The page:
Advice from three of NZ’s top marketers – How to get ahead of the curve
First Published: 20
On 21 February 2019 the MA’s Strategic Marketing special interest group hosted a panel discussion providing access to a few of the sharpest marketers we have in the country. It was a great way to kick off the new year with insights into what marketing issues we might be facing over the coming year, and what some of the current trends are around “getting ahead of the curve” in a crowded marketplace.
Award-winning marketer Vincent Heeringa was MC for the night, leading the discussion and questions for our guests: Carolyn Luey (Consumer Director at Vodafone), Dougal Swift (General Manager Membership & Brand, New Zealand Automobile Association) and Megan Sanders (Creator of Earth Wind & Indigo, previously founder of Pineapple Heads).
The format of the evening was an informal question and answer session, so we’ve summarised some of the responses from our panellists here:
How do you ensure the voice of marketing is heard at senior levels within your organisation?
Dougal Swift: I pitch it as “strategy” rather than “marketing” and tie it directly to the overall business objectives and deliverables. And I always try to show a positive ROI to convince finance guys.
Megan Sanders: You need to understand the full business – HR, R&D, etc – not just the marketing function. And you need to use their language – just like you speak the language of the customer – to build trust and show you know what you’re talking about.
Carolyn Luey: Marketing is in a unique position because we have the inside/out voice as well as the outside/in voice. We talk to our customers and know their voice, and we know the voice of the organisation internally. So, it’s important that customer-led language gets filtered up to the board level.
How do you break the silos that exist between different departments and even within your own team?
Dougal Swift: You can never underestimate the value of regular sharing of information and meetings to help with understanding each other’s objectives. It’s also a good idea to invest in training around negotiation skills and personality profiling.
Megan Sanders: It’s very common that different departments do not know what each other is doing. You see this a lot when you’re on the agency side. So, I suggest always start with setting a common overarching strategy.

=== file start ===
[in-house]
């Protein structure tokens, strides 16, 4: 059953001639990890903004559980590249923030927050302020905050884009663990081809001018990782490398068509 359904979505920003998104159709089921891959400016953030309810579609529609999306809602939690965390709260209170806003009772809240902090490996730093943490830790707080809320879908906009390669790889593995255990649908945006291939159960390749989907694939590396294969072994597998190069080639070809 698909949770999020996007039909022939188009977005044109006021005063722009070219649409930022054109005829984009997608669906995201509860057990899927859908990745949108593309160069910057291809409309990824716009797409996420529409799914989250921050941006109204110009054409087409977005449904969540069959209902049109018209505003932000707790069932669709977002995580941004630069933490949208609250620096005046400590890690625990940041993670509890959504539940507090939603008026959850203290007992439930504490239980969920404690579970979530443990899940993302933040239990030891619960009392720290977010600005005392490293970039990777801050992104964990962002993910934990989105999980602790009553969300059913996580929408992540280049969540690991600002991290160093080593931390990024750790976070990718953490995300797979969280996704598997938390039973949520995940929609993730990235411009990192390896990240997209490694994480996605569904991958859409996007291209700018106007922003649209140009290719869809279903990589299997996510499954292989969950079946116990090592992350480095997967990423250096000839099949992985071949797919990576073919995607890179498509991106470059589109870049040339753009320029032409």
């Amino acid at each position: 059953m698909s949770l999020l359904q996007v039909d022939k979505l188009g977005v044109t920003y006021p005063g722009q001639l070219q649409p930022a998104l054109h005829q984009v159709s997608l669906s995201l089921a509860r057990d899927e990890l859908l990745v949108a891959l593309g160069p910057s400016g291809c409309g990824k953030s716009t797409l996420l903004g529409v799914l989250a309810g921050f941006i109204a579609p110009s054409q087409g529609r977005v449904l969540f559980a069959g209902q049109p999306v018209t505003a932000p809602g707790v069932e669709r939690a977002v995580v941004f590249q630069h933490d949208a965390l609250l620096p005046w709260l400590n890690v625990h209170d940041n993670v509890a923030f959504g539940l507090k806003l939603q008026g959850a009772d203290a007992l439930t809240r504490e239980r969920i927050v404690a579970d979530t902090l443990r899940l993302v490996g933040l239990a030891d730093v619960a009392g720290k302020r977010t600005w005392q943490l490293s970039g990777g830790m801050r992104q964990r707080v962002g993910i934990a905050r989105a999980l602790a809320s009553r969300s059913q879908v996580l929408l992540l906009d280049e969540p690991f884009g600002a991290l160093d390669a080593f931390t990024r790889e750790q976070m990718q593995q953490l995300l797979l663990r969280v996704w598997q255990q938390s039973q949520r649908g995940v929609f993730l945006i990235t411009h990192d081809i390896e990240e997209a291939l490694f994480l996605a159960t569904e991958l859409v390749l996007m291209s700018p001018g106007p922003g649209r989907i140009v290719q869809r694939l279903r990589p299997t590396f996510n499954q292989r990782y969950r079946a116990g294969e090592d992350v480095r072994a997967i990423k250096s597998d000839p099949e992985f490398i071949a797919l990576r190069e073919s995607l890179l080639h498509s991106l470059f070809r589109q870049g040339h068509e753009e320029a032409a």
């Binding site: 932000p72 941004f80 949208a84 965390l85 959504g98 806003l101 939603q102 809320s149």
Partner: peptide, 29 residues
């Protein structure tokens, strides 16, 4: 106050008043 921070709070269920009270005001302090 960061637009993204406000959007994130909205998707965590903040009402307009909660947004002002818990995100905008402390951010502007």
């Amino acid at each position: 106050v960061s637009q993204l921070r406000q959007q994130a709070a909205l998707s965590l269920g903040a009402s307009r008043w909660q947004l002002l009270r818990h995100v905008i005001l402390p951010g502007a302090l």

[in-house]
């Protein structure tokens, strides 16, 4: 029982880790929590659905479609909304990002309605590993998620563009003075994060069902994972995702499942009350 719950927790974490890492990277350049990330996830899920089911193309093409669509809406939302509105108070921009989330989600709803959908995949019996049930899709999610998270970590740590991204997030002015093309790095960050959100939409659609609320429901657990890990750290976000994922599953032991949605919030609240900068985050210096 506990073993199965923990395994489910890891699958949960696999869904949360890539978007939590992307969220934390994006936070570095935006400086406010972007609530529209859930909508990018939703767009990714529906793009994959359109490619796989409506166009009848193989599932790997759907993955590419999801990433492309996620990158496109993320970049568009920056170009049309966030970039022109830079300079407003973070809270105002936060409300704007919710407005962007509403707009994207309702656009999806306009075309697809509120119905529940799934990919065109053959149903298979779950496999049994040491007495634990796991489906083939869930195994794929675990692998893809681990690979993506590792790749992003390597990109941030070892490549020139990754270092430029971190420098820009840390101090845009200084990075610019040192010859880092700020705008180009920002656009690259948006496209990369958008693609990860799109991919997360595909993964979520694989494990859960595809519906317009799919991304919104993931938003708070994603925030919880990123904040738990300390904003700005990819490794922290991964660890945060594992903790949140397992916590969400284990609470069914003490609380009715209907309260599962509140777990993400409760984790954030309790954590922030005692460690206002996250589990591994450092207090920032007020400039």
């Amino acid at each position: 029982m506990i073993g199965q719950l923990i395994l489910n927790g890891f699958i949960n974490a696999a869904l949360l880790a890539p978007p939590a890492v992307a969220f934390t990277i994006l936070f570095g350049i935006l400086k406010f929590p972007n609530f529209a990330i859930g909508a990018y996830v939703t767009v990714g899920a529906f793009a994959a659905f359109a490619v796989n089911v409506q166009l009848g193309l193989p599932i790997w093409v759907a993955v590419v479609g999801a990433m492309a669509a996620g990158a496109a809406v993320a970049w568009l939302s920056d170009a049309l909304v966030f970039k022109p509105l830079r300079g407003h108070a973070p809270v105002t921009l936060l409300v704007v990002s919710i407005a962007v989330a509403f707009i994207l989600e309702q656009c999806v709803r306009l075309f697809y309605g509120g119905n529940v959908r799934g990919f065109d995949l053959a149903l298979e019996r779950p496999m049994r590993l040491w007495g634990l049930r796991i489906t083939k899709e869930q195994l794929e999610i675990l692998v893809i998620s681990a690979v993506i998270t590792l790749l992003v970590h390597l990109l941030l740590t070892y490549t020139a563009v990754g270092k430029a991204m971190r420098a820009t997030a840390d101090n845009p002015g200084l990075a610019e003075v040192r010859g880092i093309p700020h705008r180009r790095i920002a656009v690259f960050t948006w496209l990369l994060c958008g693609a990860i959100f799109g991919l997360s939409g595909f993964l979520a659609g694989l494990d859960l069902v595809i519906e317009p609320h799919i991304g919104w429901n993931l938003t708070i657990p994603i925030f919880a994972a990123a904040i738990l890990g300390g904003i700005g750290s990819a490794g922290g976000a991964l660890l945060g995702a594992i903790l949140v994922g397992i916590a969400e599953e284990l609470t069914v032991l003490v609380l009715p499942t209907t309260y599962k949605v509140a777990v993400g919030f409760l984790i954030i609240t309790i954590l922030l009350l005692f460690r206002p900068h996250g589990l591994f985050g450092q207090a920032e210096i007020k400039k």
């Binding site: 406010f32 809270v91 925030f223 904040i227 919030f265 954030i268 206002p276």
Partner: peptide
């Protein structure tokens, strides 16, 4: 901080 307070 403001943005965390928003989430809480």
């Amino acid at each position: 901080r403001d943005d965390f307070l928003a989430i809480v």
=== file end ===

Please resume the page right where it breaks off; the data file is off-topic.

If you could change one thing in marketing, what would it be?
Megan Sanders: We could always use bigger budgets. But I would love to be able to give money back to the community and be more involved in campaigns that give back. I’d also love to see more honesty and integrity among brands – be what you say you are and do what you say you’ll do.
Carolyn Luey: We have so many tools and channels now that we can use to build customer relations – big data, search, technology, social platforms, etc. I wish for a pool of talent that can make the most of all of these. It’s an ongoing challenge trying to keep up with all the tools that are available.
What do you look for when hiring for your marketing team?
Dougal Swift: I look for strong intellect, interpersonal skills and energy. Often, these things are more important than experience.
Traditionally marketing has struggled to get credibility at the board level – should we be optimistic going forward?
Dougal Swift: Absolutely. Going forward organisations can do this by maximising the value of customer data and insights that we now have with all the data and tracking that we do. This all helps build credibility.
Megan Sanders: Yes, we should be optimistic, because we can now measure everything and make changes. We can clearly say, here is the data, here are the results. It’s also important to recognise and ignore the hysteria within the data. Don’t focus on the one negative comment when there are 800 positive ones in response to what you’re doing.
Carolyn Luey: We should definitely be optimistic. We are so much more accountable now. We’re constantly leveraging the technology and data to get better results. We’re seeing more and more that when the board is concerned about results, they turn to marketing for evidence.
What advice would you give to marketers about taking risks?
Carolyn Luey: I learned some valuable lessons when I was involved in the launch of iHeartRadio here in New Zealand. If you walk into things slowly, you’ll never know; but when you are bold and walk in bravely, then you’ll know quickly. Don’t be afraid to be disruptive. When you see an opportunity, go hard and fast. Don’t be afraid to try new things. Sometimes they work sometimes they don’t. Just give it a go and see.
Megan Sanders: I agree – you have to just dive in and take some risks. I took a risk with Pineapple Heads, starting a new business in a very crowded sector. But I followed my gut instinct and just went for it.
We hear a lot of marketers talking about being agile. What exactly does agile mean to you?
Carolyn Luey: It’s a mindset. It’s a way of working across functions. It’s providing continuous customer value while continually making change without making big bets. It’s putting stuff out there and seeing what works.
Who do you look to for inspiration; who do you think is leading the way in marketing?
Carolyn Luey: I think the Amazon story is fascinating. They’ve undergone such a phenomenal transformation, from selling books online to now offering Amazon Web Services. They’ve entered into so many industries and have been successful at it.
Continuing with the subject of inspiration, are there any books that you recommend for marketers?
Megan Sanders: Art of Start by Guy Kawasaki and The Big Leap by Gay Hendricks.